How to Save Money on Food - Tips to Keep Your Produce Fresh

Sunday, February 14, 2010

How do you save money on food? There's nothing more frustrating than opening up your fridge and seeing all that expensive produce rotting in the fridge drawer. If you're tired of throwing away moldy and rotten produce there are a few simple things you can do to prolong its freshness.Our fridge temperature is probably one of the last things that's ever on our mind. The temperature inside your fridge should be between 32F and 41F. If it's too warm, food won't be chilled correctly and bacteria will start to multiply. While if its too cold, ice particles will form within the food.Avoid storing fresh produce in the plastic packaging in which it's sold. Air should circulate around fruit and vegetables to prevent them from sweating and becoming soggy.

Stop potatoes from sprouting by storing them in a cool, dry place with a few apples. If you've peeled too many or have peeled them in preparation for cooking, put them in a bowl. Then cover them with water, and place the bowl in the fridge.

Lettuce: This is one exception to the no-plastic rule because it seems to thrive if it's kept loose in a large plastic bag in the fridge. A good way to revive limp lettuce is to slice off a sliver of the stem and place the lettuce in a bowl of cold water. Individual leaves can be revived if you sprinkle them with cold water, wrap them in a tea towel and pop them in the fridge for an hour or so.

Carrots, beetroots and turnips: Cut off any green, leafy tops because these will continue to draw nutrients from the roots. Like all root vegetables, carrots will last longer if they're kept in a cold, dry, dark place with good ventilation.

Lemons: After you've cut a lemon in half, place the halves cut side down on a saucer. Then cover them with an inverted glass and store them in a cool place.

 Celery starts to lose its flavor as soon as it's washed. The best way to store a piece of celery is to stand the stalk upright in a glass of water before placing it in the fridge.

Mushrooms: Store mushrooms in a cool, dark place, but not the fridge. I find that they last longer if they are wiped dry and laid on a piece of paper towel

Onions: Onions are easy to store. Just put them into a vegetable basket or wire rack. The trick to preventing them from rotting is to keep the bulbs apart so that air can circulate around them.

Tomatoes: Some people like their tomatoes rock hard, while others prefer them soft. Green tomatoes, along with any that haven't fully ripened, are best stored in a dark place. Exposing them to sunlight simply makes them soft not ripe. To ripen them, place them either in a brown paper bag with an apple or in a drawer, stalk side up, and leave them until they've turned rosy red.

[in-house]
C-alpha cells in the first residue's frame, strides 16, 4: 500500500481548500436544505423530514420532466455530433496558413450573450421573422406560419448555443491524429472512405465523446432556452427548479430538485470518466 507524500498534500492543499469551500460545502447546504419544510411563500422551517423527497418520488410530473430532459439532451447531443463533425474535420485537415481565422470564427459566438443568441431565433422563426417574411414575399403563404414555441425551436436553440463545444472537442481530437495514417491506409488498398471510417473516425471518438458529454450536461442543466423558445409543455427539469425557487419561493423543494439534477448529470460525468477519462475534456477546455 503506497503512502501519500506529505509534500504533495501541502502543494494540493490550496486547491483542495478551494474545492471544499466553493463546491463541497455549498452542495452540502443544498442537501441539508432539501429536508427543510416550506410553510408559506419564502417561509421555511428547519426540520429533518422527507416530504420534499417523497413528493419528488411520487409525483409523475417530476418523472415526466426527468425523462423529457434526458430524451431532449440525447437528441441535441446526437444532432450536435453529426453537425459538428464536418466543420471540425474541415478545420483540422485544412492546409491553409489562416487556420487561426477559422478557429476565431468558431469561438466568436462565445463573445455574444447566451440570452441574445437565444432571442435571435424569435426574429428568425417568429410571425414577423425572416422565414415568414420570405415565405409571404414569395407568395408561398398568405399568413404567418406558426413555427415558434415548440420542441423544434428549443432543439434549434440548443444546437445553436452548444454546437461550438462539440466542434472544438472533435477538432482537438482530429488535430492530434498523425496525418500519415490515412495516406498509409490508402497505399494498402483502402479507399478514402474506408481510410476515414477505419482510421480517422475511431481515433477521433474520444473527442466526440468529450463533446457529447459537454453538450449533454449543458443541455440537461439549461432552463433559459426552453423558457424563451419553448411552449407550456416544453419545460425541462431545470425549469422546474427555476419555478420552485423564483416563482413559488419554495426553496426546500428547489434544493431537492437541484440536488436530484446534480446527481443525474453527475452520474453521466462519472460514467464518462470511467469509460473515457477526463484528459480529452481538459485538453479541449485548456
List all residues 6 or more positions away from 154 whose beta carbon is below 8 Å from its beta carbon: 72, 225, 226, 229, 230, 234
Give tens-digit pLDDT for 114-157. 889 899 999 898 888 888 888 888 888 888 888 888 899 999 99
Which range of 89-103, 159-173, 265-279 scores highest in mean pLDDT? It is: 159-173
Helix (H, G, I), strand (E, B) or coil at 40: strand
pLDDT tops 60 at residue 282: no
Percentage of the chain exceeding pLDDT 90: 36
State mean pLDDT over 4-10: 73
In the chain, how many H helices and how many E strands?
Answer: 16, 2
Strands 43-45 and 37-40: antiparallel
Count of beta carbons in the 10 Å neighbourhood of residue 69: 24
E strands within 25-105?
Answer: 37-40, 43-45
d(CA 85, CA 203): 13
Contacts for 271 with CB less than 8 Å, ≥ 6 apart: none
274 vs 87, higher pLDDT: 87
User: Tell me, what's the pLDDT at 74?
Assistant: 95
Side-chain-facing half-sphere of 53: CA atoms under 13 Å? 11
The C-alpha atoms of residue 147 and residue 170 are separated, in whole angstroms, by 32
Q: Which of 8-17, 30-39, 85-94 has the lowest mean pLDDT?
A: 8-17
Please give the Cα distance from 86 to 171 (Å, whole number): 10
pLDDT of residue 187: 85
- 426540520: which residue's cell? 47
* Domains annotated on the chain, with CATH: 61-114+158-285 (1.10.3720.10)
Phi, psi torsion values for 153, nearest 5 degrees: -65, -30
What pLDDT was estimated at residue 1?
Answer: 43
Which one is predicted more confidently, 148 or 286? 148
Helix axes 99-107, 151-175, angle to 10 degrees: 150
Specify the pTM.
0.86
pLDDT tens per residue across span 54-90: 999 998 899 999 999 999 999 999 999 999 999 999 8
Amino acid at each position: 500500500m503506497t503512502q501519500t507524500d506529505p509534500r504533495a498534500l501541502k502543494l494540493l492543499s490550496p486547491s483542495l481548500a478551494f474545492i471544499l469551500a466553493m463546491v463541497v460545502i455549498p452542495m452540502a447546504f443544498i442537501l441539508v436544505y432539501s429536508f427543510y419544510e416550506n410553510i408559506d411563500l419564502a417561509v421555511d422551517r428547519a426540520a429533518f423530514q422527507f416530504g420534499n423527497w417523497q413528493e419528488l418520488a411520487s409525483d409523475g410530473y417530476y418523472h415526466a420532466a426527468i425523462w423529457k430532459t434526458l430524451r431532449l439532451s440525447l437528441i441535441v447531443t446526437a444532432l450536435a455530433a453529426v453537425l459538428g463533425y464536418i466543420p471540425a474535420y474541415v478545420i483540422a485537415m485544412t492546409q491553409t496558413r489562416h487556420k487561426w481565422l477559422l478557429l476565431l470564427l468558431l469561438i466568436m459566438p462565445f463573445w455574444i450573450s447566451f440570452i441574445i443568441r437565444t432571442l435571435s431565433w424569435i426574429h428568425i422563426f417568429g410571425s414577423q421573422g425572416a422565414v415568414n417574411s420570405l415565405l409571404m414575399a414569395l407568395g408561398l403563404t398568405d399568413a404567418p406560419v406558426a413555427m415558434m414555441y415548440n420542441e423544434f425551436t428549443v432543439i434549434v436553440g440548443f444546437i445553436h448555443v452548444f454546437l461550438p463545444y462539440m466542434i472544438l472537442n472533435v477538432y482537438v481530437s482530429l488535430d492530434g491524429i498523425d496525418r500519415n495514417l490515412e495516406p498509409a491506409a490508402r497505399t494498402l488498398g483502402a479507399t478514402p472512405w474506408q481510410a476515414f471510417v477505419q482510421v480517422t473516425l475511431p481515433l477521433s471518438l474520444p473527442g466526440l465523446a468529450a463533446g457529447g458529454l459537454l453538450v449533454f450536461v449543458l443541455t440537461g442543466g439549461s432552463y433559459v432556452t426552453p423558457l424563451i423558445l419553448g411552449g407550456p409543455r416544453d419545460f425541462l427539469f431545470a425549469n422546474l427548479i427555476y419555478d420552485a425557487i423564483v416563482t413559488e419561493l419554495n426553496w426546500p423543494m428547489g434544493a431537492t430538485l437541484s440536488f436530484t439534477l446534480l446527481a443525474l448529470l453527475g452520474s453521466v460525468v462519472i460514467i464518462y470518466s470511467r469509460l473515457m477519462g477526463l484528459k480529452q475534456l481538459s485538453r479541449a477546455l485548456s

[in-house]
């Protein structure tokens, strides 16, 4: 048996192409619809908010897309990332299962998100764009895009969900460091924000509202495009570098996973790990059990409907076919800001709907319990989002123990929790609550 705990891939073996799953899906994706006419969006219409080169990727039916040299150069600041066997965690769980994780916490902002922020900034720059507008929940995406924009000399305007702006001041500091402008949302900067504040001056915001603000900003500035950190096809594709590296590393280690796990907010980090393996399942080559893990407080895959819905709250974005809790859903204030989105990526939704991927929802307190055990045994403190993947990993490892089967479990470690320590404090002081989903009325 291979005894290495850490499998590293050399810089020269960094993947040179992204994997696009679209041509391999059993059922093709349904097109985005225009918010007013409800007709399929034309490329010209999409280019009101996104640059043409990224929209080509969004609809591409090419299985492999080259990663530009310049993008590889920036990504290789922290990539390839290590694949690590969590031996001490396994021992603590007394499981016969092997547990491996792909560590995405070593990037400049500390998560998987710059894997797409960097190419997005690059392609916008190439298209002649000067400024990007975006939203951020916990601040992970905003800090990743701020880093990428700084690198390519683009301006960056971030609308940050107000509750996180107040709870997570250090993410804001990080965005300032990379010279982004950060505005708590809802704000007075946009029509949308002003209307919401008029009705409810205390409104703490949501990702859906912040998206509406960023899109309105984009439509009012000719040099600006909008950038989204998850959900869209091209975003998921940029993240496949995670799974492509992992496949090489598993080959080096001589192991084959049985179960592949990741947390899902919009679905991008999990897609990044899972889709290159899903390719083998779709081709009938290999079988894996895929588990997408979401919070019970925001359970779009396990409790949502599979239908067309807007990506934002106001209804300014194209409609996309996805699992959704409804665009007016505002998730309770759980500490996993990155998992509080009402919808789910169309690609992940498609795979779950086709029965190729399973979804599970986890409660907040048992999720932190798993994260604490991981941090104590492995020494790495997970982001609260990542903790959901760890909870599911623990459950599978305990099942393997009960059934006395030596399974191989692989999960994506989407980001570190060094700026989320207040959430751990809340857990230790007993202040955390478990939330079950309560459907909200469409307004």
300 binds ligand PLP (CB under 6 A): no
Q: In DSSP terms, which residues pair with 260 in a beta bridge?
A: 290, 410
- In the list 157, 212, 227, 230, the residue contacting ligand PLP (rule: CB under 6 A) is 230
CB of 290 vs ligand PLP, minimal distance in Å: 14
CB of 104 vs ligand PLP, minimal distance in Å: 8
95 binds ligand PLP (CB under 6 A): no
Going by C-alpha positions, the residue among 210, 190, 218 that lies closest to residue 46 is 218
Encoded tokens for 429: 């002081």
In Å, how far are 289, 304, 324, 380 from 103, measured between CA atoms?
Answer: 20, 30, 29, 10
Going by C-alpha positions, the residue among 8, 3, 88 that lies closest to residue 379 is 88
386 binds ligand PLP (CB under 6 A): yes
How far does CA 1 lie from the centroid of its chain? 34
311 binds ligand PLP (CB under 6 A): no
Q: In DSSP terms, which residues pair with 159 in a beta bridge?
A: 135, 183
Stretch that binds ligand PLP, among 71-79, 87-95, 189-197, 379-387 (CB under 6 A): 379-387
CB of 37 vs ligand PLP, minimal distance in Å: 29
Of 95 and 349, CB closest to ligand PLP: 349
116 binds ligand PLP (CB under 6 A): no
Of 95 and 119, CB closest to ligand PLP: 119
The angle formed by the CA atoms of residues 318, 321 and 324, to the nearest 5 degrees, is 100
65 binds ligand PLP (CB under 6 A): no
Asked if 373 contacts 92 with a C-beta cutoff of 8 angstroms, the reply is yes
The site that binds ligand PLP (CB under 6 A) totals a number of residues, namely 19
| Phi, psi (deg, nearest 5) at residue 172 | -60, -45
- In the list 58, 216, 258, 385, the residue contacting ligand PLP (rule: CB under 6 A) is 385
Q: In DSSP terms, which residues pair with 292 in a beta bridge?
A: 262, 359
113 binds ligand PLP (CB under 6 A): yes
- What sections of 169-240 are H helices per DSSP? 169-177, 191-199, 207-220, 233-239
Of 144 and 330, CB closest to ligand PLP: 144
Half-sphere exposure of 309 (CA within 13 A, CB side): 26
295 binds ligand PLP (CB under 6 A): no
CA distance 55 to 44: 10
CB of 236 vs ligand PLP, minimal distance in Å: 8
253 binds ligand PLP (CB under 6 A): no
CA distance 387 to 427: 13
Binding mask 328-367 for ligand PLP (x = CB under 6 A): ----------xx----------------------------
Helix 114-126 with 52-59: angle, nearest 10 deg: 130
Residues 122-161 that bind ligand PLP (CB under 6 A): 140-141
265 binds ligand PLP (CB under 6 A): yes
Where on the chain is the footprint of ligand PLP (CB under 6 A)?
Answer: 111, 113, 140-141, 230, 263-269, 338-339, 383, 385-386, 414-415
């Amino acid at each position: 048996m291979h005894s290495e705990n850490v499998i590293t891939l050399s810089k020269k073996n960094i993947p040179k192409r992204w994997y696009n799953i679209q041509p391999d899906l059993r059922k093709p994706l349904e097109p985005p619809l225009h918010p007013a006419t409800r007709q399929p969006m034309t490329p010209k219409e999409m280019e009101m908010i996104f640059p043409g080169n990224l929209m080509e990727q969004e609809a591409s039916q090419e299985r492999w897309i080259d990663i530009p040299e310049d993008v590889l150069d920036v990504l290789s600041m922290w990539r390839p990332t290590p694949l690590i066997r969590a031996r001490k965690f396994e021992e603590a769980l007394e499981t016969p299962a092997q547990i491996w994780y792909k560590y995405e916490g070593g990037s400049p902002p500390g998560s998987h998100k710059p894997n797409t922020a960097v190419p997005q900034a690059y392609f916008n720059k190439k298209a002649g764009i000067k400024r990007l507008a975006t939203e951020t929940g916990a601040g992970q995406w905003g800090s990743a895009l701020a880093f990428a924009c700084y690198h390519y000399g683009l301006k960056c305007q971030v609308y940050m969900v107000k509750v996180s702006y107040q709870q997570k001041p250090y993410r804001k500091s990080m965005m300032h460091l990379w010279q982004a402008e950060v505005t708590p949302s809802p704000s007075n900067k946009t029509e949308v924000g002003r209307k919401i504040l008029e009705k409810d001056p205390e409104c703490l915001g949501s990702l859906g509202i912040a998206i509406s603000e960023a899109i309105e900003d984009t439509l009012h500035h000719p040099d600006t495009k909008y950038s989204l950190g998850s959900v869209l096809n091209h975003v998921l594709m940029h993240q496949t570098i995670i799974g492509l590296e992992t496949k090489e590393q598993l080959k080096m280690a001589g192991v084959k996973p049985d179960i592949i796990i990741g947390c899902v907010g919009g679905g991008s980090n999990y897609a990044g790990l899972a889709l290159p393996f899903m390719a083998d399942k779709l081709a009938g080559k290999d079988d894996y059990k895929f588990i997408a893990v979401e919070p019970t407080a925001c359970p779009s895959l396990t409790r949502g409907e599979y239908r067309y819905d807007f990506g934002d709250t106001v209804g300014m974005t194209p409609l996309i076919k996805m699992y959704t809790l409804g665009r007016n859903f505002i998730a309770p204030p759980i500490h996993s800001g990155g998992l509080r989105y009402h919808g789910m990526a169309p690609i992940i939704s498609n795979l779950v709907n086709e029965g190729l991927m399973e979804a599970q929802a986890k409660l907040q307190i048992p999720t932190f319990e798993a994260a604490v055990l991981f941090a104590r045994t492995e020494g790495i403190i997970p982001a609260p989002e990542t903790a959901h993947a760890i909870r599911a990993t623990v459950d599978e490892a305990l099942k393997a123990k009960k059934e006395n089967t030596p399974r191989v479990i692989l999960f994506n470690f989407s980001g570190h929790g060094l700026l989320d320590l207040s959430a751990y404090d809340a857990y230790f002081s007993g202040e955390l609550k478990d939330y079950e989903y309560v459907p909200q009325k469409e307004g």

Apples: Remove unblemished apples to prevent them from contaminating the others with their rot.Saving money on food is more important than ever before, especially with produce prices at all time highs. Why not give these tips a try? Over the course of a year you'll be surprised at how much you'll actually save on your grocery bill.

About the Author: Theresa Kruger
You may have heard about an infomercial product called Debbie Meyer Green Bags. They claim to keep your produce fresh for much longer. Please have a look at my honest review as well as several As Seen on TV kitchen gadget reviews at my blog


  1. These are really great tips. Now I know! Thanks. I'm now following you.

  2. Oh, thank you for the ideas! I did not know how important it was for air to circulate around onions.

  3. I did not know plastic was not good for most items.. And to cut the greens off the top of the carrots.

    I put bananas in the freezer when i get a good deal. And than use in shakes. I put them in the freezer once they get very soft.

    My eggplant just went bad..half of one. I cooked half and had not time to slice and cook more.

    Can eggplants be put in the freezer?? i don't think so.

  4. Eggplant can be frozen but there's a process:

  5. I like the green bags. They really do extend the fridge-storage time of vegetables. I have a cold storage room and have learned that dirty potatoes will store for much longer than washed potatoes. I don't keep apples anywhere near potatoes as potatoes let off a gas that will cause the apples to rot. I often store apples for up to 4 months in cold storage so I don't want potatoes setting them off. It's hard to find dirty potatoes in the grocery store, so if I have to buy washed potatoes, I remove them from a plastic bag (I try to buy them in paper bags) and move them to a box which I keep closed. Less light = longer storage. Any referigerated vegetables (except cukes and lettuces) that start to go downhill will get frozen. I clean peppers, celery (yes, I freeze celery) carrots, even tomatoes (which I never refrigerate) chop them up and freeze them. Frozen celery is great for soups and casseroles. Diced peppers that have been frozen are great for omelets and casseroles among other things. I would much rather salvage a vegetable to the freezer than sacrifice it to the compost heap! It makes a HUGE difference in our food waste (money waste!)

    Good stuff!


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